CORNELL (US) — Some parasites favor hosts of one sex over the other, possibly because of sex-specific immune responses or behavior.
A Cornell University postdoctoral researcher in entomology proposes that such differences as morphology, physiology, behavior, diet, and life history traits between the sexes in the host species can, in fact, pose very different challenges and opportunities to their parasites, causing them to adapt to one host sex.
Sex-specific adaptations in parasites may also occur when parasites routinely encounter one host sex more frequently than another. Parasites adapted to male or female hosts may help explain sex differences in parasite prevalence and disease expression.
The “ideas” paper, which proposes the hypothesis, is published in the journal PLoS Biology.
“Our hypothesis may help explain the widespread phenomenon of host sex-biased parasitism and disease expression,” says David Duneau, the lead author of the paper. “We suggest a new perspective on host-parasite interactions, taking parasite evolution into account.”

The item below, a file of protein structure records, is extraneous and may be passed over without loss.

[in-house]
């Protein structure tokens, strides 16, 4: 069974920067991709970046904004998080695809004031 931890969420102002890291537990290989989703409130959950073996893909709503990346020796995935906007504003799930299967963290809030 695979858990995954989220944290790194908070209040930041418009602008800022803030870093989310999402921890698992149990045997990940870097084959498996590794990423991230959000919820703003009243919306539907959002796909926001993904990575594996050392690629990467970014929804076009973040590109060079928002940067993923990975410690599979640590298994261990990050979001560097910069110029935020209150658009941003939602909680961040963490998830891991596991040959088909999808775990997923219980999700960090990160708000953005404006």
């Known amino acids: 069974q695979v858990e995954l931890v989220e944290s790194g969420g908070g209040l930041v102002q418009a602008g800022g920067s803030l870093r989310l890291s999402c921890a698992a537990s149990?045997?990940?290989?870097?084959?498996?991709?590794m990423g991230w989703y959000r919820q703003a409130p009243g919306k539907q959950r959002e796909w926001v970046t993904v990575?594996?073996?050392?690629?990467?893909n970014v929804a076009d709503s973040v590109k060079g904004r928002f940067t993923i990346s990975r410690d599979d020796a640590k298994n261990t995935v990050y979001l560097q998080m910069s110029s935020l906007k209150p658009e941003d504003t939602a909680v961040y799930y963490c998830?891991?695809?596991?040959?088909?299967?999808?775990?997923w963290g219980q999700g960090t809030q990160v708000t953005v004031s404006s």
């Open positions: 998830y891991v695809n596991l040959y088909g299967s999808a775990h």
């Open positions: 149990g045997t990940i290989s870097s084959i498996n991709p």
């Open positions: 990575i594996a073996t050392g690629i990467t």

The paper outlines different scenarios in parasite evolution that can lead to sex-specific disease. These include “sex-specific adaptations” with subpopulations of the parasites either adapted to females or males and “single sex specialization” with the parasite specifically adapted to one host sex.
The final scenario is “plastic sex-specific disease expression” with the parasite adapted to respond one way to male hosts and another way to female hosts.
Further research may help explain questions from many varied fields, such as why effects of vaccines can be sex-specific; how parasites among hosts and at large are distributed; and why parasites can be locally adapted to certain host sexes.
Duneau wrote the paper, supported by the Swiss National Science Foundation, while he was a graduate student at the University of Basel, Switzerland.
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